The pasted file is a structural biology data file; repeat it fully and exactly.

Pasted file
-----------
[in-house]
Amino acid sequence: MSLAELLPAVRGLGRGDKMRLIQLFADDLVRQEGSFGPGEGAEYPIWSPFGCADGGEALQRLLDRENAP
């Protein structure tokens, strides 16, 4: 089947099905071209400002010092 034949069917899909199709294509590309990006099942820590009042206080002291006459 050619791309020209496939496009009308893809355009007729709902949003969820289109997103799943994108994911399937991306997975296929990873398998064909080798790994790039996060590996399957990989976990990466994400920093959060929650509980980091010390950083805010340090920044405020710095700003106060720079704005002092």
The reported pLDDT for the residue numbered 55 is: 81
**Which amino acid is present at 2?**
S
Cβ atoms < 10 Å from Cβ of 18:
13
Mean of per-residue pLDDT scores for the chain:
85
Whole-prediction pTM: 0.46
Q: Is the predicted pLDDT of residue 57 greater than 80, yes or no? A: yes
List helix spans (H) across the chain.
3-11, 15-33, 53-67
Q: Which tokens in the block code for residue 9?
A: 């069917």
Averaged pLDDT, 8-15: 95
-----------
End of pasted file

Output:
[in-house]
Amino acid sequence: MSLAELLPAVRGLGRGDKMRLIQLFADDLVRQEGSFGPGEGAEYPIWSPFGCADGGEALQRLLDRENAP
């Protein structure tokens, strides 16, 4: 089947099905071209400002010092 034949069917899909199709294509590309990006099942820590009042206080002291006459 050619791309020209496939496009009308893809355009007729709902949003969820289109997103799943994108994911399937991306997975296929990873398998064909080798790994790039996060590996399957990989976990990466994400920093959060929650509980980091010390950083805010340090920044405020710095700003106060720079704005002092």
The reported pLDDT for the residue numbered 55 is: 81
**Which amino acid is present at 2?**
S
Cβ atoms < 10 Å from Cβ of 18:
13
Mean of per-residue pLDDT scores for the chain:
85
Whole-prediction pTM: 0.46
Q: Is the predicted pLDDT of residue 57 greater than 80, yes or no? A: yes
List helix spans (H) across the chain.
3-11, 15-33, 53-67
Q: Which tokens in the block code for residue 9?
A: 């069917």
Averaged pLDDT, 8-15: 95